The Quarterly Newsletter of the Canadian Institute of Gemmology (C.I.G.)
Another year is upon us: I would like to wish everyone the best for 2010. Without doubt there will be new challenges for gemmologists and the related gems and jewellery trades. The upcoming Tucson gem shows and conferences will set a good perspective for things to come. Let's stay well informed. Here a blog to Tucson Gem Show - Live! .
With regret I hear about the demise of Colored Stone magazine which had been publishing for over 20 years. With David Federman as editor-in-chief the magazine became a platform for all kinds of gem topics other trade magazines simply ignored.
I did not agree with Dave on everything he wrote; however, I appreciated him
for taking a position in the gem enhancement issues which helped to uncover the
andesine fraud and other still unsolved problems.
It will be difficult to find another independent journalist or publication which is more than ever badly needed for the gem industry. Colored Stone magazine will be missed by many.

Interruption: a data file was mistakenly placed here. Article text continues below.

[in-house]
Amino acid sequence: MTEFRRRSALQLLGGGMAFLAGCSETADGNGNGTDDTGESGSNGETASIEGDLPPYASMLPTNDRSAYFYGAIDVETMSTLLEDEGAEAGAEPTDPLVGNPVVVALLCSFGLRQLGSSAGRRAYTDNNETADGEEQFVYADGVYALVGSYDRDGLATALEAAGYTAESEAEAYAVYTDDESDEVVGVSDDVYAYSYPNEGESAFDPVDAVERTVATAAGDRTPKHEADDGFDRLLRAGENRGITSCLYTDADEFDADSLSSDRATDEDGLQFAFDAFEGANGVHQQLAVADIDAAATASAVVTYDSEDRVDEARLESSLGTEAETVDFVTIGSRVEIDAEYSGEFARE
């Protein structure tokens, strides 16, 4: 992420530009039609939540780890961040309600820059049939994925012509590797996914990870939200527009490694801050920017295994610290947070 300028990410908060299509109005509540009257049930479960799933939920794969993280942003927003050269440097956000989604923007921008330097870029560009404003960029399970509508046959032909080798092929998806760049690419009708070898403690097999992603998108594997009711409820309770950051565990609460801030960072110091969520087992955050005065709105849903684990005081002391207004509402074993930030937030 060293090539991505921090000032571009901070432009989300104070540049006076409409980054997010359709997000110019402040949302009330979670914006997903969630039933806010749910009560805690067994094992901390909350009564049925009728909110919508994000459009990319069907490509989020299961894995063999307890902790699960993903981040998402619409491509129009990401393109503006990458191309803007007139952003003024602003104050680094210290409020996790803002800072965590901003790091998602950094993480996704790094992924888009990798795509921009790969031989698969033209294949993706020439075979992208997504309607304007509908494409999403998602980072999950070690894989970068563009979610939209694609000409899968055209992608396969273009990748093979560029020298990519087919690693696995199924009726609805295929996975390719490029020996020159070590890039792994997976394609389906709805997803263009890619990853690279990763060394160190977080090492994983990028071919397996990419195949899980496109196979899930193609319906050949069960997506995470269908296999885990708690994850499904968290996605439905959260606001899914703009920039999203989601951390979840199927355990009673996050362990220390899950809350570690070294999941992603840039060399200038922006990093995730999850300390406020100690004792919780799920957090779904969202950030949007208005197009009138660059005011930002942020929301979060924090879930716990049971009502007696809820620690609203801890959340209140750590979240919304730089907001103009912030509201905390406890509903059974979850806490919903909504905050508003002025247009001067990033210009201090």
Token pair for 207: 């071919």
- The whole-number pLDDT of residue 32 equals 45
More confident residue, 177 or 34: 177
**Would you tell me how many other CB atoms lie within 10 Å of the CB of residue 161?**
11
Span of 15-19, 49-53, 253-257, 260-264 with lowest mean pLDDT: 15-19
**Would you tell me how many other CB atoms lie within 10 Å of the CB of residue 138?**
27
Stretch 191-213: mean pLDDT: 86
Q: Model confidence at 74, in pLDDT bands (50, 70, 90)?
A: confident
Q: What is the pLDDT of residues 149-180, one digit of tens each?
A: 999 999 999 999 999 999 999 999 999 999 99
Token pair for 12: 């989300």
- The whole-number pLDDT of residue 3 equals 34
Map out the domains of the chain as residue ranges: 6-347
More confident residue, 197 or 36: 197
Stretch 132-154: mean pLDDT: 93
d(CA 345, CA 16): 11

The discussion about filled rubies is continuing. It appears that in certain circles of the trade the gem dealers' interests are given priority because they want to sell these materials as "ruby". It is unfortunate that consumers have been lured into buying these stones set in jewellery for hundreds of dollars without realizing of what they were buying.
A trained gemmologist can identify the various types of filled rubies; the newer types may not contain the obvious gas bubbles. The starting material for much of the "glass filled" or "composite" ruby is worthless highly fractured corundum which had been cleaned. The resulting cavities are then filled with glass compounds to resemble the appearance of ruby. If selling this material advise must be given how to handle the jewellery when cleaning, etc. because the filler easily disintegrates.